Lifestyle Magazine

What To Do When Things Don’t Go Your Way

July 30, 2020
Image by eko pramono from Pixabay

When we were young, our parents had their ways of telling us that we won’t always get what we want. There were times that we resented them for it, but as we got older, we realized those denials actually had nuggets of wisdom in them. 

It’s easy to conclude that life’s out to get us whenever we don’t get what we want. 

We blame God, or the universe, whenever we don’t win competitions, fail exams, or don’t get the thing we spent all day and night praying for. 

Blaming God can be an understandable reaction, but it’s disempowering.  

There’s a better way to handle this situation besides blaming God or wallowing in self-pity because life isn’t fair. Read on, and we’ll tell you what it is. 

Be Content with What You Have

Have you ever considered that when things aren’t going your way, maybe it’s just life teaching you a lesson about contentment? 

Many people think the key to happiness is getting what they want, whether it’s a car, a promotion, expensive clothes, or a million dollars. 

There’s nothing wrong with wanting those things, but it raises the question: are we really going to be happy once we get them? 

The answer is no. Why? Because how can we be happy with those things if we’re not content with what we already have? 

People who are content with what they have don’t stress themselves with what’s “lacking” in their lives. 

They focus on what they have, not on what they don’t have. 

They live each day with gratitude and don’t throw a fit when things don’t go their way. They simply move on with their lives, knowing that something better is on its way.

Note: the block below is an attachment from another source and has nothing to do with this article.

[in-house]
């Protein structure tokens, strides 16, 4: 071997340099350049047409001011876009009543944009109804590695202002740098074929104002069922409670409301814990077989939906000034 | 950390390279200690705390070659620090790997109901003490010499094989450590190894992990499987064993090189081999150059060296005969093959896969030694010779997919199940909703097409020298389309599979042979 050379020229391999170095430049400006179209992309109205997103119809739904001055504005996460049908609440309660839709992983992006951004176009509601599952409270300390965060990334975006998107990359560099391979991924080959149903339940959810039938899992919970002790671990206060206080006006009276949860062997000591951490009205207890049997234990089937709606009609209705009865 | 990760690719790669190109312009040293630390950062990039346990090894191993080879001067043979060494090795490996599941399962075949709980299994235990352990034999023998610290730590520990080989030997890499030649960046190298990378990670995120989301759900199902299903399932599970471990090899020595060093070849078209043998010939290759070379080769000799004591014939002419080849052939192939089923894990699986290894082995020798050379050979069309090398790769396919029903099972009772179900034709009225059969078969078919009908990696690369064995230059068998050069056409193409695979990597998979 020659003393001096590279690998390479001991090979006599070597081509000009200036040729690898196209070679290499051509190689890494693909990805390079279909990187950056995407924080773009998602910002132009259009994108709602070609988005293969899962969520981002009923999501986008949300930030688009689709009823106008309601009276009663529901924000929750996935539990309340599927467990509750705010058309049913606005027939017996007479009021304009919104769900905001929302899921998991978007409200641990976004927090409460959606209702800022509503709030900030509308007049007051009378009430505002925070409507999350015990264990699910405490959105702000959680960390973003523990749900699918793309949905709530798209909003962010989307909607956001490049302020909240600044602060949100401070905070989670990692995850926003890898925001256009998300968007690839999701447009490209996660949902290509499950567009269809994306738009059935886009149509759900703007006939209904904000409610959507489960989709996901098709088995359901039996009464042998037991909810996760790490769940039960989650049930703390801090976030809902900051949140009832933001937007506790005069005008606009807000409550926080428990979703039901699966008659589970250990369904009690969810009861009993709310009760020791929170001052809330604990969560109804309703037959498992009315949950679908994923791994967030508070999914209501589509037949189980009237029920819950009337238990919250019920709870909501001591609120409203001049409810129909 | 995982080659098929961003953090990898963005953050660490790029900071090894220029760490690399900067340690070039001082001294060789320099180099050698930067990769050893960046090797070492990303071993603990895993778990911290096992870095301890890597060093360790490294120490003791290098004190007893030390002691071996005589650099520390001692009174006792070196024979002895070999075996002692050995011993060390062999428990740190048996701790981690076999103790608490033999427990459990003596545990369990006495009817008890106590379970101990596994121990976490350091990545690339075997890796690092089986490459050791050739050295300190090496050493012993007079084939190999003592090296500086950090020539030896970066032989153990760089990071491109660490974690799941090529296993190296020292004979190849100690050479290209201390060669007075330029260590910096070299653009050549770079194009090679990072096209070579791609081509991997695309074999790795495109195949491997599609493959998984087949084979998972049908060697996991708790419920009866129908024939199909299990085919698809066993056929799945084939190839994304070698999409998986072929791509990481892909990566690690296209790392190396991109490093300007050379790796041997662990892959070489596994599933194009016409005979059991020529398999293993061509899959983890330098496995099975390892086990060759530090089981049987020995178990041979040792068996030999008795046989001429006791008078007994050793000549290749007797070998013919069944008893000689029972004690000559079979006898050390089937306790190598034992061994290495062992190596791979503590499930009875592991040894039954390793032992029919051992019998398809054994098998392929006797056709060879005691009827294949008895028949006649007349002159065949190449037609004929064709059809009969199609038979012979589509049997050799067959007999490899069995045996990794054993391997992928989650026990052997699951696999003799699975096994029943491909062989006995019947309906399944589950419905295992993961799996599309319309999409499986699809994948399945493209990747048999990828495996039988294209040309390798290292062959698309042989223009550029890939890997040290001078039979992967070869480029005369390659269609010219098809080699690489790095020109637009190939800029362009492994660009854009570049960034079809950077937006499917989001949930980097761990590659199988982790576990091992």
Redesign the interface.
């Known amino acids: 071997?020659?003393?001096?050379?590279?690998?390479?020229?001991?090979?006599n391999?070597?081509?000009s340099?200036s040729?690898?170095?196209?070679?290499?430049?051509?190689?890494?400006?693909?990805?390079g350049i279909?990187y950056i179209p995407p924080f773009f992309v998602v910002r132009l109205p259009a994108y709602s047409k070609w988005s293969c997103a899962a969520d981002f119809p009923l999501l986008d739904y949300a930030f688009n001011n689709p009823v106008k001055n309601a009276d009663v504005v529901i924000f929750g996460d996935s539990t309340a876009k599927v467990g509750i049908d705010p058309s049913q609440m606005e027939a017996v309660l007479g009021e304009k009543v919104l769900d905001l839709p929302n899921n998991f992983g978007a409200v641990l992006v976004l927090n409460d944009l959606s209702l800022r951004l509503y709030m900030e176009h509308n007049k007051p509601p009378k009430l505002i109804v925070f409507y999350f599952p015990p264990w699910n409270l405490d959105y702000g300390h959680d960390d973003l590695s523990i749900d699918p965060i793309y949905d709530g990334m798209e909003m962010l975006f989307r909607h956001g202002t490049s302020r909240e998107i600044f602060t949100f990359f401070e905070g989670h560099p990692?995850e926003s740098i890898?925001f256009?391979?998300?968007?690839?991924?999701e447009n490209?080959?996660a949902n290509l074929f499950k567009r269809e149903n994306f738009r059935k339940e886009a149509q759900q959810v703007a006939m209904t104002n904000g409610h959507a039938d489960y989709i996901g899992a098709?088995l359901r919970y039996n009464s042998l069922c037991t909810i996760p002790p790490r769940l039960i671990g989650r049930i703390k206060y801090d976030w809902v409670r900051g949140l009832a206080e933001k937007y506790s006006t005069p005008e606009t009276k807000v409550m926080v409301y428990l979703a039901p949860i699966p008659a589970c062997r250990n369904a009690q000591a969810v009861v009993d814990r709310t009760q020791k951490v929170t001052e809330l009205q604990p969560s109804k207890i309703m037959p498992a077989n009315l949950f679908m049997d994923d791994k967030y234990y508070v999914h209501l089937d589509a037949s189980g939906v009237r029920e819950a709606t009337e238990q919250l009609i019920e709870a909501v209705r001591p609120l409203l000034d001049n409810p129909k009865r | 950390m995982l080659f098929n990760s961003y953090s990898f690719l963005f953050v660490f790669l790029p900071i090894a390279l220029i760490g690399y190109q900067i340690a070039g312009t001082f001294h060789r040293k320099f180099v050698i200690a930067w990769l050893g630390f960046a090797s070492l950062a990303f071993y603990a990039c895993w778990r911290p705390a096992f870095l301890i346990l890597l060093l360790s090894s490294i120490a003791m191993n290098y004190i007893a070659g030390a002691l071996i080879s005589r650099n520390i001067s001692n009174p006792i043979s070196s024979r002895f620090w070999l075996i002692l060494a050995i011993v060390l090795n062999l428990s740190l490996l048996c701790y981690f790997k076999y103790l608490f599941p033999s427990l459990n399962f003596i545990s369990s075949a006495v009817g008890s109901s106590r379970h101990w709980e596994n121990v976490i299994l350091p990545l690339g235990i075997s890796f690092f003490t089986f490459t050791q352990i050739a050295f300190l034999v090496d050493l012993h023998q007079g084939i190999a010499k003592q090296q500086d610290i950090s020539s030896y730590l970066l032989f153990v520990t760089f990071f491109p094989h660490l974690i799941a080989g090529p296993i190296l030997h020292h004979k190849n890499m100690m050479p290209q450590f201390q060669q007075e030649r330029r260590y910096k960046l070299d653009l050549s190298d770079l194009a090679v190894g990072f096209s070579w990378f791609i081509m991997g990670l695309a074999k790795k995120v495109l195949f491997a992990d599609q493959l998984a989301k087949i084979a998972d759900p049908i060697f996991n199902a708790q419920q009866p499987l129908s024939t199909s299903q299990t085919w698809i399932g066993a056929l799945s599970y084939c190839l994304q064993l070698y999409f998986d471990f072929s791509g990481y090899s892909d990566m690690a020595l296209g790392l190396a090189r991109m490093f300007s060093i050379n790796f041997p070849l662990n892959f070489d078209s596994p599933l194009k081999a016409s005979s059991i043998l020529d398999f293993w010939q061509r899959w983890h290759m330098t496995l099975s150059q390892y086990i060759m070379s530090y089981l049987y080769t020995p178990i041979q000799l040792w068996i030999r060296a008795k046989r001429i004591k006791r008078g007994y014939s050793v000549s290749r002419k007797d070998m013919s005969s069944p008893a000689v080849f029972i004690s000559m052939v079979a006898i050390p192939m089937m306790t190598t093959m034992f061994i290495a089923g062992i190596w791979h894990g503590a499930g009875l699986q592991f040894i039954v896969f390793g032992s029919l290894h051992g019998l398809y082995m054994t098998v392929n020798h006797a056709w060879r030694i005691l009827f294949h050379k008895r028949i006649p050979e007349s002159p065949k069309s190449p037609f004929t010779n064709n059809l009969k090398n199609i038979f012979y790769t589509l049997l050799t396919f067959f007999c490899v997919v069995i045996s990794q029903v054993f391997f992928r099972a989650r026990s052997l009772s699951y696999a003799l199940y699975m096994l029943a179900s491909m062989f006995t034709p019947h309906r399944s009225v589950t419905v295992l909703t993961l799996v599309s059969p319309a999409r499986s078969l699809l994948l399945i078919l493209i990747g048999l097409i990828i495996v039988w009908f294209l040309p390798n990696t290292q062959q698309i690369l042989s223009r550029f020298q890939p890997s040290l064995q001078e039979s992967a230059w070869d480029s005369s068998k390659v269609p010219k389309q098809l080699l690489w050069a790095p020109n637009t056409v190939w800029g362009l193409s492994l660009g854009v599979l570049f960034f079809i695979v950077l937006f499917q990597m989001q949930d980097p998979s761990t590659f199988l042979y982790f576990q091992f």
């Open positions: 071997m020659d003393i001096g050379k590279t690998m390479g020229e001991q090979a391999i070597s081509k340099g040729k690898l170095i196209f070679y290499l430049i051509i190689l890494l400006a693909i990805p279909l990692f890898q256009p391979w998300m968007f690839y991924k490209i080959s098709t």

Take Some Time to Reflect on Things

Instead of pointing fingers, wouldn’t it be so much better if we reflected on why things didn’t work out?

Sure, that’s difficult to do when emotions are running high, but it’s an excellent way of handling drawbacks because it turns “failure” into a learning moment.

Taking time to reflect on the events that transpired allows you to set your emotions aside for a more objective perspective.

It also keeps you from lashing out at people or feeling jealous or envious. 

How we choose to deal with failure and rejection reveals the type of person we are…it shows our character. Besides, we learn more from failure and rejection than from success.

By reverse-engineering “failure” and reflecting on things, you can identify problem areas two work on and change. 

Using this process spares you from the guilt, anger, and misery that often comes from personalizing failure. It’s one thing to “fail” but another thing to consider yourself a failure. It creates a venue for healthy conversations with yourself and enables you to focus more on solutions than on being denied what you wanted to have or achieve. 

Rise From the Fall

A “no” doesn’t always mean no. Getting rejected the first time doesn’t mean you’ll get the same answer after your second attempt. 

If you still feel like going after what you want after spending time in reflection, grab the opportunity the next time it presents itself. 

Work on any problem areas you identified to increase your chances of getting a “yes” on the second try. If the second attempt doesn’t work out for you, learn from it, then try again. 

Know what you want, work hard to get it, but be kind to yourself when life decides not to give it to you. 

Practice the habit of looking for lessons in each setback – like an athlete studying game film. Maybe life is trying to teach you something. You’ll repeat the situation until you learn and grow from it. 

You deserve to be happy; life is yours for the taking! So, don’t give up! Persevere. Endure. Believe. And have faith that you are becoming the kind of person who can create the type of life that makes you happy.

Search by Month: